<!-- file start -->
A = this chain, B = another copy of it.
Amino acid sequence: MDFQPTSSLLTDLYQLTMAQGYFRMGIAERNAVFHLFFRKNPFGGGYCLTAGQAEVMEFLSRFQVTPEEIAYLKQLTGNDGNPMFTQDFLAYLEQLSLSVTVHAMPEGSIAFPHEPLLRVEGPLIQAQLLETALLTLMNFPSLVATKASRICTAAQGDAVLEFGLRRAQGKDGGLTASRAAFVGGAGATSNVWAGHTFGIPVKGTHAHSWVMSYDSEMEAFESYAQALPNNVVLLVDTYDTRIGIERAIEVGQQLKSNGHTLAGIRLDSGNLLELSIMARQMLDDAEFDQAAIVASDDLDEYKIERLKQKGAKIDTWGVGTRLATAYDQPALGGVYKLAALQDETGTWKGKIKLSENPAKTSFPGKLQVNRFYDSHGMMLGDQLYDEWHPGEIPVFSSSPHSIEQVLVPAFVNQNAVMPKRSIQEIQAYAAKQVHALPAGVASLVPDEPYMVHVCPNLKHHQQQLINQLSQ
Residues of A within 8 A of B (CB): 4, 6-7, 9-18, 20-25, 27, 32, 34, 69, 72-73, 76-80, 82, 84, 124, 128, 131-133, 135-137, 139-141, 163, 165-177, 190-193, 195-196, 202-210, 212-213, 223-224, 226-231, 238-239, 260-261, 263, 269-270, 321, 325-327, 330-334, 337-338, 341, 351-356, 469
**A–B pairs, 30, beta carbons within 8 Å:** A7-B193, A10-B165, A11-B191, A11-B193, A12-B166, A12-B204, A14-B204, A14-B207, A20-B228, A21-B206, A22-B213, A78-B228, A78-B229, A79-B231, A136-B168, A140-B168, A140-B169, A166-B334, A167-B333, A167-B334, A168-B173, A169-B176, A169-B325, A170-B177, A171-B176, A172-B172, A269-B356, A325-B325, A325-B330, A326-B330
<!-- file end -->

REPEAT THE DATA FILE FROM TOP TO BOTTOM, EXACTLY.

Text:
A = this chain, B = another copy of it.
Amino acid sequence: MDFQPTSSLLTDLYQLTMAQGYFRMGIAERNAVFHLFFRKNPFGGGYCLTAGQAEVMEFLSRFQVTPEEIAYLKQLTGNDGNPMFTQDFLAYLEQLSLSVTVHAMPEGSIAFPHEPLLRVEGPLIQAQLLETALLTLMNFPSLVATKASRICTAAQGDAVLEFGLRRAQGKDGGLTASRAAFVGGAGATSNVWAGHTFGIPVKGTHAHSWVMSYDSEMEAFESYAQALPNNVVLLVDTYDTRIGIERAIEVGQQLKSNGHTLAGIRLDSGNLLELSIMARQMLDDAEFDQAAIVASDDLDEYKIERLKQKGAKIDTWGVGTRLATAYDQPALGGVYKLAALQDETGTWKGKIKLSENPAKTSFPGKLQVNRFYDSHGMMLGDQLYDEWHPGEIPVFSSSPHSIEQVLVPAFVNQNAVMPKRSIQEIQAYAAKQVHALPAGVASLVPDEPYMVHVCPNLKHHQQQLINQLSQ
Residues of A within 8 A of B (CB): 4, 6-7, 9-18, 20-25, 27, 32, 34, 69, 72-73, 76-80, 82, 84, 124, 128, 131-133, 135-137, 139-141, 163, 165-177, 190-193, 195-196, 202-210, 212-213, 223-224, 226-231, 238-239, 260-261, 263, 269-270, 321, 325-327, 330-334, 337-338, 341, 351-356, 469
**A–B pairs, 30, beta carbons within 8 Å:** A7-B193, A10-B165, A11-B191, A11-B193, A12-B166, A12-B204, A14-B204, A14-B207, A20-B228, A21-B206, A22-B213, A78-B228, A78-B229, A79-B231, A136-B168, A140-B168, A140-B169, A166-B334, A167-B333, A167-B334, A168-B173, A169-B176, A169-B325, A170-B177, A171-B176, A172-B172, A269-B356, A325-B325, A325-B330, A326-B330